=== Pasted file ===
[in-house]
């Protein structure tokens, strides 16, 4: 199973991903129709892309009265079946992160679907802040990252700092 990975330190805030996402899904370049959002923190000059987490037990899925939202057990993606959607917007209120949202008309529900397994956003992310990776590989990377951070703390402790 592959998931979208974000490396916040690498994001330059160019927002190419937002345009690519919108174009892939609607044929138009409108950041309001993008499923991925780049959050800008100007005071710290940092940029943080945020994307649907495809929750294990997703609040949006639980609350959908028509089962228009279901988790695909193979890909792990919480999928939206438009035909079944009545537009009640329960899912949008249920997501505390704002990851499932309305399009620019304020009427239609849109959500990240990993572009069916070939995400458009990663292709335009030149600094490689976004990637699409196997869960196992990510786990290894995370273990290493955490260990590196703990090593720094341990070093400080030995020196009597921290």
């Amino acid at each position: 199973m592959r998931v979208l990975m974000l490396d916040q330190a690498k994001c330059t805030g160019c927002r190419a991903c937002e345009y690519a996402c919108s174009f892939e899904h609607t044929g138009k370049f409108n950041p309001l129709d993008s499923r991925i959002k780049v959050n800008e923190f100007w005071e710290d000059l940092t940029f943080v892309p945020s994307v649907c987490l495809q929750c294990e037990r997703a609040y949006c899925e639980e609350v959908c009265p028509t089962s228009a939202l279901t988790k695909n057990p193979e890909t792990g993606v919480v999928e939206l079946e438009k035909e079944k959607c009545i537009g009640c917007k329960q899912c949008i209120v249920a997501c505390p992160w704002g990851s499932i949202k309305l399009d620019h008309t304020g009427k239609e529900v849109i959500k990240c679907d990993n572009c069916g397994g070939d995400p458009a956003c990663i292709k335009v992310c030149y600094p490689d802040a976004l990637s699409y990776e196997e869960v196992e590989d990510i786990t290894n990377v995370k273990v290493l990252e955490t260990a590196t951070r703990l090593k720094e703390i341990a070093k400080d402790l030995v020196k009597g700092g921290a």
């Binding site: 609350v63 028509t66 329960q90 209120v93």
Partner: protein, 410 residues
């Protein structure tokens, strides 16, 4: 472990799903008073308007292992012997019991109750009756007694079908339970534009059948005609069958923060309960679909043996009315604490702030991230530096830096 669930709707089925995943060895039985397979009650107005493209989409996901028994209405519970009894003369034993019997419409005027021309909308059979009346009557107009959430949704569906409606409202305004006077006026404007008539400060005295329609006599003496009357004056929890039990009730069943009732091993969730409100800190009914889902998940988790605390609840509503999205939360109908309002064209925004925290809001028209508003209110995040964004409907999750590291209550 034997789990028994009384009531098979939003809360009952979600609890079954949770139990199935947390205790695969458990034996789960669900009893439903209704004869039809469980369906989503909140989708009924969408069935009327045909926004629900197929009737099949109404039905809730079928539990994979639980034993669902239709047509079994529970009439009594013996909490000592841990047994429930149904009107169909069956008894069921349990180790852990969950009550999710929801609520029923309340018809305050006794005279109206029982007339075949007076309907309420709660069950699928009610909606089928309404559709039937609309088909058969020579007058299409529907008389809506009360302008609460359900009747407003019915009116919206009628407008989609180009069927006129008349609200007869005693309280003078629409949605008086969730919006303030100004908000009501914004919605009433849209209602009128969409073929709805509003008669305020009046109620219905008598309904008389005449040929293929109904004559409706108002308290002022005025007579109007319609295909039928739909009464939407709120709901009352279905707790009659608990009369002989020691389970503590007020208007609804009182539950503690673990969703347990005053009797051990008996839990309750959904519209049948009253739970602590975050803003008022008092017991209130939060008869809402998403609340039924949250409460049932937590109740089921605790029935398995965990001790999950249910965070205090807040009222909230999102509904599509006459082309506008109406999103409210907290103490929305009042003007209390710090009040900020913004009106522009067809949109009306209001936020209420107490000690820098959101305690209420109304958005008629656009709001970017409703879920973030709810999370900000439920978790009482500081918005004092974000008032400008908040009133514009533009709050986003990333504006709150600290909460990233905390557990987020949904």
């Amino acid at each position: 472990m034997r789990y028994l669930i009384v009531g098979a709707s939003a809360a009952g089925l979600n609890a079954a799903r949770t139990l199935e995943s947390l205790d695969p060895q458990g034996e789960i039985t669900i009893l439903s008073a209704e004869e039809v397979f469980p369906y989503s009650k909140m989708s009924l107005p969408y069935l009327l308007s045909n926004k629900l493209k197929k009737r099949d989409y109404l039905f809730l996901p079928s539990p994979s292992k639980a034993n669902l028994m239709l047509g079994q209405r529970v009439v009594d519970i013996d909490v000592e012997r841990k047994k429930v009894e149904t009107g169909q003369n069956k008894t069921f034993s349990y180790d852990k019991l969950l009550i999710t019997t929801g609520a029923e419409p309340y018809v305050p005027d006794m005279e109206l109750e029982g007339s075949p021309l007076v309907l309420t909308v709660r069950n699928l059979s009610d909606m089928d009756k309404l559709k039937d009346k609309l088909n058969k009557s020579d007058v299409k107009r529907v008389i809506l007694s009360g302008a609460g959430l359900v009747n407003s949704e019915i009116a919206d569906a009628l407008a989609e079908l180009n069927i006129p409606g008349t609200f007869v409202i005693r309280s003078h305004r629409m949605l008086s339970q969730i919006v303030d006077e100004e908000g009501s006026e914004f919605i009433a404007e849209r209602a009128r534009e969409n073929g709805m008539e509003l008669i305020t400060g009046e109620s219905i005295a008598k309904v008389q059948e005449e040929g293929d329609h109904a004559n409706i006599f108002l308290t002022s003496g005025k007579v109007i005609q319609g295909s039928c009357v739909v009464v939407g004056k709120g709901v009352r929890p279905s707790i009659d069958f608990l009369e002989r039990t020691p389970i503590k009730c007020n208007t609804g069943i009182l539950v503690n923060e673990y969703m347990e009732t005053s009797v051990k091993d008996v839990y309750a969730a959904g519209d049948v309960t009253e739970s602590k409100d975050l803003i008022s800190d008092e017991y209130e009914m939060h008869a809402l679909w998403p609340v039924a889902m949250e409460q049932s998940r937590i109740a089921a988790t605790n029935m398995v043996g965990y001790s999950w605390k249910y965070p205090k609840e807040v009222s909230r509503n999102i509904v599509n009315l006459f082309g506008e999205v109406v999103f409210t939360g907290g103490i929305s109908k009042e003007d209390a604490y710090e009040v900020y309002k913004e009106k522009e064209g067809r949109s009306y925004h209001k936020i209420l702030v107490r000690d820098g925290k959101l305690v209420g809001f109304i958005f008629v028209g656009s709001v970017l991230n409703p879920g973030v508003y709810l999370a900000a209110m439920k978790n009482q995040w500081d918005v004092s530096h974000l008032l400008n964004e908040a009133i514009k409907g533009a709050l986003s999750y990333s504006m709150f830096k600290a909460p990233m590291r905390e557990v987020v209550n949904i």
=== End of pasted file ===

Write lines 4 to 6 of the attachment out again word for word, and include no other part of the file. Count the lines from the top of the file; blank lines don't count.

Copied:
């Binding site: 609350v63 028509t66 329960q90 209120v93």
Partner: protein, 410 residues
């Protein structure tokens, strides 16, 4: 472990799903008073308007292992012997019991109750009756007694079908339970534009059948005609069958923060309960679909043996009315604490702030991230530096830096 669930709707089925995943060895039985397979009650107005493209989409996901028994209405519970009894003369034993019997419409005027021309909308059979009346009557107009959430949704569906409606409202305004006077006026404007008539400060005295329609006599003496009357004056929890039990009730069943009732091993969730409100800190009914889902998940988790605390609840509503999205939360109908309002064209925004925290809001028209508003209110995040964004409907999750590291209550 034997789990028994009384009531098979939003809360009952979600609890079954949770139990199935947390205790695969458990034996789960669900009893439903209704004869039809469980369906989503909140989708009924969408069935009327045909926004629900197929009737099949109404039905809730079928539990994979639980034993669902239709047509079994529970009439009594013996909490000592841990047994429930149904009107169909069956008894069921349990180790852990969950009550999710929801609520029923309340018809305050006794005279109206029982007339075949007076309907309420709660069950699928009610909606089928309404559709039937609309088909058969020579007058299409529907008389809506009360302008609460359900009747407003019915009116919206009628407008989609180009069927006129008349609200007869005693309280003078629409949605008086969730919006303030100004908000009501914004919605009433849209209602009128969409073929709805509003008669305020009046109620219905008598309904008389005449040929293929109904004559409706108002308290002022005025007579109007319609295909039928739909009464939407709120709901009352279905707790009659608990009369002989020691389970503590007020208007609804009182539950503690673990969703347990005053009797051990008996839990309750959904519209049948009253739970602590975050803003008022008092017991209130939060008869809402998403609340039924949250409460049932937590109740089921605790029935398995965990001790999950249910965070205090807040009222909230999102509904599509006459082309506008109406999103409210907290103490929305009042003007209390710090009040900020913004009106522009067809949109009306209001936020209420107490000690820098959101305690209420109304958005008629656009709001970017409703879920973030709810999370900000439920978790009482500081918005004092974000008032400008908040009133514009533009709050986003990333504006709150600290909460990233905390557990987020949904």